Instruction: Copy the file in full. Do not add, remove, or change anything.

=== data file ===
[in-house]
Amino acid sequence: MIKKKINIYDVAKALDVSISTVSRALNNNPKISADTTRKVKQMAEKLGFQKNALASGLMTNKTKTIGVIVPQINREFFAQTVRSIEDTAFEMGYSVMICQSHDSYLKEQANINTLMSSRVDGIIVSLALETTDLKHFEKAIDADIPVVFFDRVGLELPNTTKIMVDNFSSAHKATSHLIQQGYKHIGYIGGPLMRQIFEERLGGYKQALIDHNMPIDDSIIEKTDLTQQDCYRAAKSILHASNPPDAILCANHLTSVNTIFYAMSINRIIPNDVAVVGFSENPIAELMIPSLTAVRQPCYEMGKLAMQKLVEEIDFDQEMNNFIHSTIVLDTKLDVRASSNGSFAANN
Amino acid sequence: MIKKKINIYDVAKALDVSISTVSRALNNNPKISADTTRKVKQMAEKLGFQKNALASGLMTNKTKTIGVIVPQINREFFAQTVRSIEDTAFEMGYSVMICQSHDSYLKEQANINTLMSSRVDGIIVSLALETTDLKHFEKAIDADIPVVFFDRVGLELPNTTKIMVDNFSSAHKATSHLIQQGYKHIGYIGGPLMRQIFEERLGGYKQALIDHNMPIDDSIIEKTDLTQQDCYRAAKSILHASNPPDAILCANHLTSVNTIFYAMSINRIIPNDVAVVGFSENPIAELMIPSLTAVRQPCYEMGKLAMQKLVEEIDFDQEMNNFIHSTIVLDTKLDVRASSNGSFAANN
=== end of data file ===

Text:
[in-house]
Amino acid sequence: MIKKKINIYDVAKALDVSISTVSRALNNNPKISADTTRKVKQMAEKLGFQKNALASGLMTNKTKTIGVIVPQINREFFAQTVRSIEDTAFEMGYSVMICQSHDSYLKEQANINTLMSSRVDGIIVSLALETTDLKHFEKAIDADIPVVFFDRVGLELPNTTKIMVDNFSSAHKATSHLIQQGYKHIGYIGGPLMRQIFEERLGGYKQALIDHNMPIDDSIIEKTDLTQQDCYRAAKSILHASNPPDAILCANHLTSVNTIFYAMSINRIIPNDVAVVGFSENPIAELMIPSLTAVRQPCYEMGKLAMQKLVEEIDFDQEMNNFIHSTIVLDTKLDVRASSNGSFAANN
Amino acid sequence: MIKKKINIYDVAKALDVSISTVSRALNNNPKISADTTRKVKQMAEKLGFQKNALASGLMTNKTKTIGVIVPQINREFFAQTVRSIEDTAFEMGYSVMICQSHDSYLKEQANINTLMSSRVDGIIVSLALETTDLKHFEKAIDADIPVVFFDRVGLELPNTTKIMVDNFSSAHKATSHLIQQGYKHIGYIGGPLMRQIFEERLGGYKQALIDHNMPIDDSIIEKTDLTQQDCYRAAKSILHASNPPDAILCANHLTSVNTIFYAMSINRIIPNDVAVVGFSENPIAELMIPSLTAVRQPCYEMGKLAMQKLVEEIDFDQEMNNFIHSTIVLDTKLDVRASSNGSFAANN